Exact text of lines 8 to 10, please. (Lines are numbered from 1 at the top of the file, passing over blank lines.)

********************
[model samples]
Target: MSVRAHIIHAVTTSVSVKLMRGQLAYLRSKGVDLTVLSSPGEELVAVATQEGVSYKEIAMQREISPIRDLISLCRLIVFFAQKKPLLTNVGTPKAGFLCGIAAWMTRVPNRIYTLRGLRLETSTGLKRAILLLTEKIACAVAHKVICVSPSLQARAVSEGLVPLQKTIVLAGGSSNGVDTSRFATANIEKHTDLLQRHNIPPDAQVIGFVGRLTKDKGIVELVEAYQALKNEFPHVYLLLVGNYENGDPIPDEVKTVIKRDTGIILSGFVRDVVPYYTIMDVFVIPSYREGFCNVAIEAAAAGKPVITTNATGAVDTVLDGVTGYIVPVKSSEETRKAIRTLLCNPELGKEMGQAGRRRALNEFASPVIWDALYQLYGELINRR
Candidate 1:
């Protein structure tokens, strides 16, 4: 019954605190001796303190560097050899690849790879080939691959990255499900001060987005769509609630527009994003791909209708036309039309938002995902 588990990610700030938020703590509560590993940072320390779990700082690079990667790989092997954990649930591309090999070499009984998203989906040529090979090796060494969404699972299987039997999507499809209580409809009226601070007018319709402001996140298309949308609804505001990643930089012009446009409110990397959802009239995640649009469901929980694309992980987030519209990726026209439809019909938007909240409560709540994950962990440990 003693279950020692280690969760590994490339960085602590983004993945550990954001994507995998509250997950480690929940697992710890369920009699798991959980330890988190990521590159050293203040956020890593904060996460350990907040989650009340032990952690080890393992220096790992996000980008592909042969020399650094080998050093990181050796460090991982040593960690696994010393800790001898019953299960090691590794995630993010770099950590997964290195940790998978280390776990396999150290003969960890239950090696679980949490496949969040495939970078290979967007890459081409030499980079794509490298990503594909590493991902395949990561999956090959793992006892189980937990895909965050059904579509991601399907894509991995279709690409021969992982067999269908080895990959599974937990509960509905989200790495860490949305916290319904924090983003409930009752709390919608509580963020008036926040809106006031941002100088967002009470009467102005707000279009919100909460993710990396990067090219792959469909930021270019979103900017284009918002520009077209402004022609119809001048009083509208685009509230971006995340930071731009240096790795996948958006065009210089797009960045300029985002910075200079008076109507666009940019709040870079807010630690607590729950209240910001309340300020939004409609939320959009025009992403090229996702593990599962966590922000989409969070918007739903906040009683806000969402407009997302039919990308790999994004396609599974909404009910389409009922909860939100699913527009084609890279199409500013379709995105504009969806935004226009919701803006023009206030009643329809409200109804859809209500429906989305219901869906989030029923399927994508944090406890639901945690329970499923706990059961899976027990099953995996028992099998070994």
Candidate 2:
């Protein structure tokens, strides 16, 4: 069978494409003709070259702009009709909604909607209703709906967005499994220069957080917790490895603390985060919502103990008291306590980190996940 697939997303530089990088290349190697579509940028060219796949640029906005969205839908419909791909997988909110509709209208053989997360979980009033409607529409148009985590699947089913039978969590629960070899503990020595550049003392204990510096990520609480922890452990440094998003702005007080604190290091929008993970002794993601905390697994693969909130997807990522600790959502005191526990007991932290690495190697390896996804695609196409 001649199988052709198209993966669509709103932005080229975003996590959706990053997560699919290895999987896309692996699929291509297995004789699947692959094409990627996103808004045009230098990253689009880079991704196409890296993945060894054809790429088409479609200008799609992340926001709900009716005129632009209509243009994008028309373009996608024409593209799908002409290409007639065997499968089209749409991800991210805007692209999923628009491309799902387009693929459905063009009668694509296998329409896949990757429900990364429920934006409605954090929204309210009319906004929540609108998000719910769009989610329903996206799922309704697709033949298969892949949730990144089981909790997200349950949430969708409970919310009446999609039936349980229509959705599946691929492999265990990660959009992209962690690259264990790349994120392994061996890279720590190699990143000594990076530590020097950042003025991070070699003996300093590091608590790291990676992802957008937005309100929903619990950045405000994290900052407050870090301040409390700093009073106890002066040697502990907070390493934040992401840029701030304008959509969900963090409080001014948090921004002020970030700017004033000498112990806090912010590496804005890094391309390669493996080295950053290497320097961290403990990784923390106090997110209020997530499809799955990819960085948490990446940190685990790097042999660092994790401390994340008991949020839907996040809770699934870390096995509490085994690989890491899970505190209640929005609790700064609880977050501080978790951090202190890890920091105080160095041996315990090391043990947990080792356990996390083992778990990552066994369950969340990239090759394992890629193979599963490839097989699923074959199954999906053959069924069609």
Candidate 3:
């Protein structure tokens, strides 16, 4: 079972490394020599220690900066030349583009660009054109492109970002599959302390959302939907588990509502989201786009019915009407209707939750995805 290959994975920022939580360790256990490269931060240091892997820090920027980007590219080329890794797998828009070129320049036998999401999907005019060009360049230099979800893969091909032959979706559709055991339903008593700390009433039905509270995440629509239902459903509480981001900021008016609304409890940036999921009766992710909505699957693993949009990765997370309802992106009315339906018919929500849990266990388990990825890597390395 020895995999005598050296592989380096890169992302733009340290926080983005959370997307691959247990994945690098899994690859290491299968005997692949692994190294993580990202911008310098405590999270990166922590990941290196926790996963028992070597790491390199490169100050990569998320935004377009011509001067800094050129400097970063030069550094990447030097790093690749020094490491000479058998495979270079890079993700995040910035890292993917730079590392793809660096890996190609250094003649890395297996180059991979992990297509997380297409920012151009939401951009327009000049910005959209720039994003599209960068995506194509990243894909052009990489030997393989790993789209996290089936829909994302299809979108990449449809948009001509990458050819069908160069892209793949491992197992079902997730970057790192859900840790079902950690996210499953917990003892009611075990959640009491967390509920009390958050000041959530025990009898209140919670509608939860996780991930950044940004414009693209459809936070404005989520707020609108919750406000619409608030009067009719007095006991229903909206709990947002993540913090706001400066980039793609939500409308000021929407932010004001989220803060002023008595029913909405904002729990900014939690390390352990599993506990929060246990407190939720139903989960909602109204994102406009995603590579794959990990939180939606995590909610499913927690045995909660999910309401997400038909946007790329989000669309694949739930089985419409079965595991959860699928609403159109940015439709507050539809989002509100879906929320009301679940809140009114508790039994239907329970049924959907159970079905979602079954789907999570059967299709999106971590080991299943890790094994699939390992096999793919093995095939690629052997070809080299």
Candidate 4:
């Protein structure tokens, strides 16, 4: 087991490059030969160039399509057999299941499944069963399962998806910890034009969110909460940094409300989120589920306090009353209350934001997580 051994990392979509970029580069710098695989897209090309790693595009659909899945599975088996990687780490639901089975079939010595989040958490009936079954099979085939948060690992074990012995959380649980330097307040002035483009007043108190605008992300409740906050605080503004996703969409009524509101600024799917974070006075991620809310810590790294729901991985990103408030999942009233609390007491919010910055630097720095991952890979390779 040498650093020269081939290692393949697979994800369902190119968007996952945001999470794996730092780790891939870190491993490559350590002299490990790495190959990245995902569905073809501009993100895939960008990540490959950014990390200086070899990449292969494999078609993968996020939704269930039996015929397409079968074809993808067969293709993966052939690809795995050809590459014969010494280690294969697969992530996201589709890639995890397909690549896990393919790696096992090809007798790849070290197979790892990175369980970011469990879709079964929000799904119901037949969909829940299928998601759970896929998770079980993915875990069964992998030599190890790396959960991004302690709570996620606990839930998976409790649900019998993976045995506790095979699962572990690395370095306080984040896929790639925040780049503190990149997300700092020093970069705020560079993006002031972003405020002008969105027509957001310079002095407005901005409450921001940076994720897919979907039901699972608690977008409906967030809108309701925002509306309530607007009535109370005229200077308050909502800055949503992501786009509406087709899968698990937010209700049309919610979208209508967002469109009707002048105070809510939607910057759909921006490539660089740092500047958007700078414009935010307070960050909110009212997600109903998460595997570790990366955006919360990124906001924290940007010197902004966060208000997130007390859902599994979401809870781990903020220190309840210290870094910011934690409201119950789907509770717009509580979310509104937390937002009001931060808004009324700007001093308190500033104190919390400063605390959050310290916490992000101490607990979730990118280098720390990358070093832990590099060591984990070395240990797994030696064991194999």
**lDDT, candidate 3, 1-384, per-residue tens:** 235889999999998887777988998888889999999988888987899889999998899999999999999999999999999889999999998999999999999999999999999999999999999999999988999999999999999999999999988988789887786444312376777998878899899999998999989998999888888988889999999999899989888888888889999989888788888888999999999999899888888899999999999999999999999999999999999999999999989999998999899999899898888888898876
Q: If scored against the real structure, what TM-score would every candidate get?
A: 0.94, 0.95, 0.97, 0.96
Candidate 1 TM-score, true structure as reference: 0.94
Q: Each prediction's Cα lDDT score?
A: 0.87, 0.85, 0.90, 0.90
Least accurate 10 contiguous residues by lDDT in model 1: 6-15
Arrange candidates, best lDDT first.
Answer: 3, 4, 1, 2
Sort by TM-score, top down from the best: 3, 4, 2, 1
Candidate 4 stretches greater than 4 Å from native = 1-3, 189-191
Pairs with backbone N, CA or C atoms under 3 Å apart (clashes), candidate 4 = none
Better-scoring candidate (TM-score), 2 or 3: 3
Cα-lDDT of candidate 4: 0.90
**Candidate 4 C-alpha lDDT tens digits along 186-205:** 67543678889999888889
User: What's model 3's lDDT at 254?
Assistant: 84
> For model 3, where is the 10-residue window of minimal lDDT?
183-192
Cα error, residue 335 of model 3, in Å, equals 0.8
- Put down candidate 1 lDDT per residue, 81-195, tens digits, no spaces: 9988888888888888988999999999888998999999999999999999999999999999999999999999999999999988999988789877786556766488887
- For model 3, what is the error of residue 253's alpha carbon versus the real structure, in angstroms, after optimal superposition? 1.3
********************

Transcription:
């Protein structure tokens, strides 16, 4: 079972490394020599220690900066030349583009660009054109492109970002599959302390959302939907588990509502989201786009019915009407209707939750995805 290959994975920022939580360790256990490269931060240091892997820090920027980007590219080329890794797998828009070129320049036998999401999907005019060009360049230099979800893969091909032959979706559709055991339903008593700390009433039905509270995440629509239902459903509480981001900021008016609304409890940036999921009766992710909505699957693993949009990765997370309802992106009315339906018919929500849990266990388990990825890597390395 020895995999005598050296592989380096890169992302733009340290926080983005959370997307691959247990994945690098899994690859290491299968005997692949692994190294993580990202911008310098405590999270990166922590990941290196926790996963028992070597790491390199490169100050990569998320935004377009011509001067800094050129400097970063030069550094990447030097790093690749020094490491000479058998495979270079890079993700995040910035890292993917730079590392793809660096890996190609250094003649890395297996180059991979992990297509997380297409920012151009939401951009327009000049910005959209720039994003599209960068995506194509990243894909052009990489030997393989790993789209996290089936829909994302299809979108990449449809948009001509990458050819069908160069892209793949491992197992079902997730970057790192859900840790079902950690996210499953917990003892009611075990959640009491967390509920009390958050000041959530025990009898209140919670509608939860996780991930950044940004414009693209459809936070404005989520707020609108919750406000619409608030009067009719007095006991229903909206709990947002993540913090706001400066980039793609939500409308000021929407932010004001989220803060002023008595029913909405904002729990900014939690390390352990599993506990929060246990407190939720139903989960909602109204994102406009995603590579794959990990939180939606995590909610499913927690045995909660999910309401997400038909946007790329989000669309694949739930089985419409079965595991959860699928609403159109940015439709507050539809989002509100879906929320009301679940809140009114508790039994239907329970049924959907159970079905979602079954789907999570059967299709999106971590080991299943890790094994699939390992096999793919093995095939690629052997070809080299």
Candidate 4:
């Protein structure tokens, strides 16, 4: 087991490059030969160039399509057999299941499944069963399962998806910890034009969110909460940094409300989120589920306090009353209350934001997580 051994990392979509970029580069710098695989897209090309790693595009659909899945599975088996990687780490639901089975079939010595989040958490009936079954099979085939948060690992074990012995959380649980330097307040002035483009007043108190605008992300409740906050605080503004996703969409009524509101600024799917974070006075991620809310810590790294729901991985990103408030999942009233609390007491919010910055630097720095991952890979390779 040498650093020269081939290692393949697979994800369902190119968007996952945001999470794996730092780790891939870190491993490559350590002299490990790495190959990245995902569905073809501009993100895939960008990540490959950014990390200086070899990449292969494999078609993968996020939704269930039996015929397409079968074809993808067969293709993966052939690809795995050809590459014969010494280690294969697969992530996201589709890639995890397909690549896990393919790696096992090809007798790849070290197979790892990175369980970011469990879709079964929000799904119901037949969909829940299928998601759970896929998770079980993915875990069964992998030599190890790396959960991004302690709570996620606990839930998976409790649900019998993976045995506790095979699962572990690395370095306080984040896929790639925040780049503190990149997300700092020093970069705020560079993006002031972003405020002008969105027509957001310079002095407005901005409450921001940076994720897919979907039901699972608690977008409906967030809108309701925002509306309530607007009535109370005229200077308050909502800055949503992501786009509406087709899968698990937010209700049309919610979208209508967002469109009707002048105070809510939607910057759909921006490539660089740092500047958007700078414009935010307070960050909110009212997600109903998460595997570790990366955006919360990124906001924290940007010197902004966060208000997130007390859902599994979401809870781990903020220190309840210290870094910011934690409201119950789907509770717009509580979310509104937390937002009001931060808004009324700007001093308190500033104190919390400063605390959050310290916490992000101490607990979730990118280098720390990358070093832990590099060591984990070395240990797994030696064991194999």